Category Archives: Theatre

The history of my involvement with the theatre from interviews with actors, reviews of fringe plays and scripts I have written that have been performed on stage.

First Scrumpstock Reviews

Thank you very much to the Exmouth Journal’s Paul Strange for his review of this year’s Scrumpstock:

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Also, Meredith Collins posted a review on her blog Along Came a Cider, as she was luckily visiting the UK from America at the right time.

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Publicity for comedy: Glen Maney comes to Falmouth

glen new 7Thanks to the Falmouth Packet for including this piece on Glen Maney’s Edinburgh preview of The Prostate Years. Here is a wider selection of press I have done to promote comedy Also thanks to What’s On Cornwall

Plus the West Briton.

Thanks to the Falmouth Packet

comedymicI really appreciate the local papers in Falmouth.

The Falmouth Packet continued to support my 4th comedy night at the Falmouth Watersports Centre with a piece in last week’s issue. Plus 3 punters came along after reading it after the July night was cancelled. They came back!

Here’s the article. Pictures to follow when finished film. (Yes trying out my Canon camera from charity shop).

The first night in May they put this piece in the What’s On Section.

The next comedy night at Falmouth Watersports (yes, go on have a giggle) will be on 25 September.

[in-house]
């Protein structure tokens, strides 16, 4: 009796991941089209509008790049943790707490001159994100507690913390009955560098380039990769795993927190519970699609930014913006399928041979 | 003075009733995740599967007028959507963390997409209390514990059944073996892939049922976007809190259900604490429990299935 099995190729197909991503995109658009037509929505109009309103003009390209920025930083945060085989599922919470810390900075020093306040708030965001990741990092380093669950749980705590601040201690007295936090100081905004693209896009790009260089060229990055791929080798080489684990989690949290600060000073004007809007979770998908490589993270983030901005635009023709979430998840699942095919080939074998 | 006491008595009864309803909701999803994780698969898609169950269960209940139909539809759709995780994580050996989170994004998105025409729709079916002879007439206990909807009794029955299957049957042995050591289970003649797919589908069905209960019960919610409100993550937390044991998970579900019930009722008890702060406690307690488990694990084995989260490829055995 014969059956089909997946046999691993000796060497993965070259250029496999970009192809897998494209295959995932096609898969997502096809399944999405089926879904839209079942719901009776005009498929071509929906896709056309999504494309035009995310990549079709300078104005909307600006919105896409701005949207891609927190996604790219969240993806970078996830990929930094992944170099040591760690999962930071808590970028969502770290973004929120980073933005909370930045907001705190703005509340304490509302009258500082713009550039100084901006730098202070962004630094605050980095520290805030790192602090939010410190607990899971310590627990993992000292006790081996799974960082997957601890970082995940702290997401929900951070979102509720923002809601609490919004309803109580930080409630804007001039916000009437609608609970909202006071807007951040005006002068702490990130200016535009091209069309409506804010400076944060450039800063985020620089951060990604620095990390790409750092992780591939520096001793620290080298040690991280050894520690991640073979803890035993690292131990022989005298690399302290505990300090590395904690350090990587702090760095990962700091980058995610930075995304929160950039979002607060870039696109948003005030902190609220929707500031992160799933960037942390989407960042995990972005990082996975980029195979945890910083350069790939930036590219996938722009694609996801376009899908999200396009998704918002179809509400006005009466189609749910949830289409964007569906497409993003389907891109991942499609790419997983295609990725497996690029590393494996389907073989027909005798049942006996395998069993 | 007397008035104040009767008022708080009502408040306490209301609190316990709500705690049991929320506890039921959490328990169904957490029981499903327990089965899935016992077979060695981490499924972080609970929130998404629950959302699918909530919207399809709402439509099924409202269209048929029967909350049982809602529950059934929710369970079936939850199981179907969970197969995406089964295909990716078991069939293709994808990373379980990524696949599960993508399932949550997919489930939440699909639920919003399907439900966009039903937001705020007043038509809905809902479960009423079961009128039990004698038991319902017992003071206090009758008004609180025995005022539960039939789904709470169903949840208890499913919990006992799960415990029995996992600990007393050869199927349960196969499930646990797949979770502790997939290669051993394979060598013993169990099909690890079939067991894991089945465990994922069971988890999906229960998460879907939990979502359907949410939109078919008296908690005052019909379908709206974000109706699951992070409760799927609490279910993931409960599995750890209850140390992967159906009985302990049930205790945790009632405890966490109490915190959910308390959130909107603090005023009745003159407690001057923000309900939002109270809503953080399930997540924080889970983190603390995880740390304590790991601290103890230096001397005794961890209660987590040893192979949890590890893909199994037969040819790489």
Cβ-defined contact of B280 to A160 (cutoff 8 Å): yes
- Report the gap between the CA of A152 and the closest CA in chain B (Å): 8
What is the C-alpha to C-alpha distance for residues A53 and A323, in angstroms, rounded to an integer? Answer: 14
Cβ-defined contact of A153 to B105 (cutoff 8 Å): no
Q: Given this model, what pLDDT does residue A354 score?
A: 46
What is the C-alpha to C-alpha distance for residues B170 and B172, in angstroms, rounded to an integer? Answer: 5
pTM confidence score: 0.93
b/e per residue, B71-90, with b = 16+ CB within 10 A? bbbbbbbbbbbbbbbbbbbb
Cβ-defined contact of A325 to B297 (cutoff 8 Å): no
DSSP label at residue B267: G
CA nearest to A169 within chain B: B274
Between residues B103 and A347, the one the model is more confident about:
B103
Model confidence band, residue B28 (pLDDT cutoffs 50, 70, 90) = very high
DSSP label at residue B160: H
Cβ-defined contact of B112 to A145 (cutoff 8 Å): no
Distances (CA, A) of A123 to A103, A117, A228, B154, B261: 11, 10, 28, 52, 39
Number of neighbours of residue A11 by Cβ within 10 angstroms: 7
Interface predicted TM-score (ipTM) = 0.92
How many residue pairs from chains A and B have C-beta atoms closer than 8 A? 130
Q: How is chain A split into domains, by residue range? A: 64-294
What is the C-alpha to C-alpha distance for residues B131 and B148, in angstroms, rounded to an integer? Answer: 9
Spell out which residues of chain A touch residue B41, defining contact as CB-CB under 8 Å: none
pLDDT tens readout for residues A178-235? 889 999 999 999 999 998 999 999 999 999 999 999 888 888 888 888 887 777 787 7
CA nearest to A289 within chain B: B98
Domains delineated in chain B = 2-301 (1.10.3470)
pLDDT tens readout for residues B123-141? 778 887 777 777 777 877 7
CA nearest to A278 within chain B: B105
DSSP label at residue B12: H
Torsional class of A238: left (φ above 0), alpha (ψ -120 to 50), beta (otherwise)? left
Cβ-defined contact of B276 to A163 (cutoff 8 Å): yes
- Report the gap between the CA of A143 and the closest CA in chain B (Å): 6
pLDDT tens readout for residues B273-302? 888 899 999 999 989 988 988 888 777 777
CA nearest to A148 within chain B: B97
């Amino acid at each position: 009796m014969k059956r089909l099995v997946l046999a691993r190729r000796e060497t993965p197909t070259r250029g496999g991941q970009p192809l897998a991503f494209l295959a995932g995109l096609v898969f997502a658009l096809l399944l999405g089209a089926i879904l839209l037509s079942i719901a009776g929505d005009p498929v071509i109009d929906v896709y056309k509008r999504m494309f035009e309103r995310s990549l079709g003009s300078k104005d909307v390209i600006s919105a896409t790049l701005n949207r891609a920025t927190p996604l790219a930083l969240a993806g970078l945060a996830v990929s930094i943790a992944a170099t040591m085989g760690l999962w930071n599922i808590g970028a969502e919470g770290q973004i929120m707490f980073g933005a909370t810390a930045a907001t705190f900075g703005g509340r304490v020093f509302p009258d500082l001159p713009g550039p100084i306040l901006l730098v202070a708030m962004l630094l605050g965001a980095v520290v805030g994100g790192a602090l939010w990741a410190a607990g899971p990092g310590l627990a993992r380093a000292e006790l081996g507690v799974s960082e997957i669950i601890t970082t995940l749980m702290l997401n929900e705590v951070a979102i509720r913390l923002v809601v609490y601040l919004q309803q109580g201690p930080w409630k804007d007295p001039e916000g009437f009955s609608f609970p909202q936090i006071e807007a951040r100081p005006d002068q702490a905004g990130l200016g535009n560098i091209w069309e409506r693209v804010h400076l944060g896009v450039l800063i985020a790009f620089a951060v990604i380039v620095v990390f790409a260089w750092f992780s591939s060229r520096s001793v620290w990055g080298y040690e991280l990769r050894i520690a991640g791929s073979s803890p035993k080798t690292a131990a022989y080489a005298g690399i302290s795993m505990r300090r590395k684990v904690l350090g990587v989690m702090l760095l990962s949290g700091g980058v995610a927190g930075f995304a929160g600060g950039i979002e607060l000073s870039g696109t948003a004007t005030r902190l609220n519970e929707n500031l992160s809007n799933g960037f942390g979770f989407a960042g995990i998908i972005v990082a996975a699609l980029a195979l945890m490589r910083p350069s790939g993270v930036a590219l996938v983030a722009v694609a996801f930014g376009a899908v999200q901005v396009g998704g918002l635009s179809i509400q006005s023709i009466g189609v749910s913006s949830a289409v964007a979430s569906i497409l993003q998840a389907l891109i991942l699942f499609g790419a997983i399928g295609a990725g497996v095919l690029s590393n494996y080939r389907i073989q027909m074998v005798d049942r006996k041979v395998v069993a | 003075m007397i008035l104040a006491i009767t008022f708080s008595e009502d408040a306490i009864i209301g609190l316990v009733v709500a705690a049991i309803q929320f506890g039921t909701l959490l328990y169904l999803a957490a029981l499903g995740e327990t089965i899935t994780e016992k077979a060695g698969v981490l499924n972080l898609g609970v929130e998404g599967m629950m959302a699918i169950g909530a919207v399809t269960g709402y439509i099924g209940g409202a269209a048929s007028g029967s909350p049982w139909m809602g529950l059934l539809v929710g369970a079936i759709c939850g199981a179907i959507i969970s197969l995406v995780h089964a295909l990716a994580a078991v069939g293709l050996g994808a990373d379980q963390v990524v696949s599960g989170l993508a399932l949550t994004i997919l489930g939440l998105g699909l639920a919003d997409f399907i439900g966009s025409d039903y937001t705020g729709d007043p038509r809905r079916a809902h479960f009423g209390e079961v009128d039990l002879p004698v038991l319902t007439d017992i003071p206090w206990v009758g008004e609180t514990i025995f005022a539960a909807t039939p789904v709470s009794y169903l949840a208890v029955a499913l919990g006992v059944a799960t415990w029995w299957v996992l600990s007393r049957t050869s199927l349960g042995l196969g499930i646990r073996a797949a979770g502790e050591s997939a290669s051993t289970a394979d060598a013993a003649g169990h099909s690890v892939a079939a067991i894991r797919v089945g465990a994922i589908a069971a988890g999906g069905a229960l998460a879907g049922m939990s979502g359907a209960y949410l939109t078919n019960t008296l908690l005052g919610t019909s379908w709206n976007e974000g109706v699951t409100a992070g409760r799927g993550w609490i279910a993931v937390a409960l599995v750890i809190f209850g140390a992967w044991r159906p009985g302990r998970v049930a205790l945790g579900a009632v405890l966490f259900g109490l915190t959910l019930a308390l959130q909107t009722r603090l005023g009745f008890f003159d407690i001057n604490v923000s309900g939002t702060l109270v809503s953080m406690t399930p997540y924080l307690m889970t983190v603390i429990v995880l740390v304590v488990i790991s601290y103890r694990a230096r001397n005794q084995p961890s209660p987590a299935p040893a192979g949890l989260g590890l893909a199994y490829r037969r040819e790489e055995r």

Farm Shops, Radio and Comedy

Each week I do an hour radio show on Sundays from 7.30pm-8.30pm – The Enhancing Your Chances Show. Then on Tuesday mornings I do the breakfast slot from 7.30am-9.30am – Sophie’s Laughing Alarm Clock Show. After Tuesday morning’s stint, I went to the Perranarworthal Farm Shop and Michelle Burley Hodge was there.

I’d done an interview with Michelle, aired on Sunday 17 March, for an article promised to the West Briton. Michelle showed me a copy of article, which I found I had missed in the 7 March West Briton. However, a copy was still knocking around in my room. Then I heard that a woman had gone to Michelle’s stall because she heard the radio interview! Wow.

Comedy

I’m organising a promoted comedy night for emerging talent in Falmouth starting on 15 May called the Falmouth Comedy Floor. There are already 2 active comedy promoters in the area, so luckily we all get on and work together. One new night is at Tyacks in Camborne (now I know there’s no u in Camborne).Here’s my set from the April one.

The Falmouth Comedy Floor is twinned with a night I launched with a team of 3 in December 2009, now in the Time Out Top Ten Open Mic Nights in London. Here’s the Freedom Fridge website with the Cornwall outpost page.

In a couple of weeks, am starting doing music PR on a freelance basis for Matchbox Recordings, so please see my vintage Music PR for a taste of what’s to come.